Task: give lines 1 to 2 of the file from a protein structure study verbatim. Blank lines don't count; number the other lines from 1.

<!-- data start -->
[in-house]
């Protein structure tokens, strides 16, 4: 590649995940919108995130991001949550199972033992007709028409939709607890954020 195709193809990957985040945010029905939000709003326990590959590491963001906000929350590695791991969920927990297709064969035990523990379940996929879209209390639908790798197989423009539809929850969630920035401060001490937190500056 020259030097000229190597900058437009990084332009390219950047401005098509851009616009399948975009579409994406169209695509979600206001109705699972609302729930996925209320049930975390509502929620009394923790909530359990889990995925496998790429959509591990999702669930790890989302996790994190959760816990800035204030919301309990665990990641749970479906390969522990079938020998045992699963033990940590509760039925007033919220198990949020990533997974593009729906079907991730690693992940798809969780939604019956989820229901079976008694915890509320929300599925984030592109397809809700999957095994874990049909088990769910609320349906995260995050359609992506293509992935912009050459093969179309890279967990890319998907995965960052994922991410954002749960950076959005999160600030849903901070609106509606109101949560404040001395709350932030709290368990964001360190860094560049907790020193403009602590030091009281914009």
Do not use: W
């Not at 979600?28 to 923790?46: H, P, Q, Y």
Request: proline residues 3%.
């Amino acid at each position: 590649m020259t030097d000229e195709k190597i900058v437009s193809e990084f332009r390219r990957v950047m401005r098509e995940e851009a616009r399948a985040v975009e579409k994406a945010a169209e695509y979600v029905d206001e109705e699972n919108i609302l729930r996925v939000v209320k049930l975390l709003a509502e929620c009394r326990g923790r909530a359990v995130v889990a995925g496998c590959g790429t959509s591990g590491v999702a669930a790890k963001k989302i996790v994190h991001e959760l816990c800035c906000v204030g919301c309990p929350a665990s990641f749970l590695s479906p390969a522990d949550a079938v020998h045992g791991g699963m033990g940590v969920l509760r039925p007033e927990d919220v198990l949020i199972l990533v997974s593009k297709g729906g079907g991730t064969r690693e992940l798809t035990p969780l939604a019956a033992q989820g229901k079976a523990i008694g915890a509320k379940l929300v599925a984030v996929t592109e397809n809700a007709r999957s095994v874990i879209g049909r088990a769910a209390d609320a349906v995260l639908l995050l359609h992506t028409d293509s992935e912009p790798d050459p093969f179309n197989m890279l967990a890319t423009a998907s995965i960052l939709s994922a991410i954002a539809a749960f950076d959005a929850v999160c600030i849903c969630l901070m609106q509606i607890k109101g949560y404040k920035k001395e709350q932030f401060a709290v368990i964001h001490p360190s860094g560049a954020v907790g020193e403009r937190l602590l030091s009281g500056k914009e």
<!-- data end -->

[in-house]
């Protein structure tokens, strides 16, 4: 590649995940919108995130991001949550199972033992007709028409939709607890954020 195709193809990957985040945010029905939000709003326990590959590491963001906000929350590695791991969920927990297709064969035990523990379940996929879209209390639908790798197989423009539809929850969630920035401060001490937190500056 020259030097000229190597900058437009990084332009390219950047401005098509851009616009399948975009579409994406169209695509979600206001109705699972609302729930996925209320049930975390509502929620009394923790909530359990889990995925496998790429959509591990999702669930790890989302996790994190959760816990800035204030919301309990665990990641749970479906390969522990079938020998045992699963033990940590509760039925007033919220198990949020990533997974593009729906079907991730690693992940798809969780939604019956989820229901079976008694915890509320929300599925984030592109397809809700999957095994874990049909088990769910609320349906995260995050359609992506293509992935912009050459093969179309890279967990890319998907995965960052994922991410954002749960950076959005999160600030849903901070609106509606109101949560404040001395709350932030709290368990964001360190860094560049907790020193403009602590030091009281914009």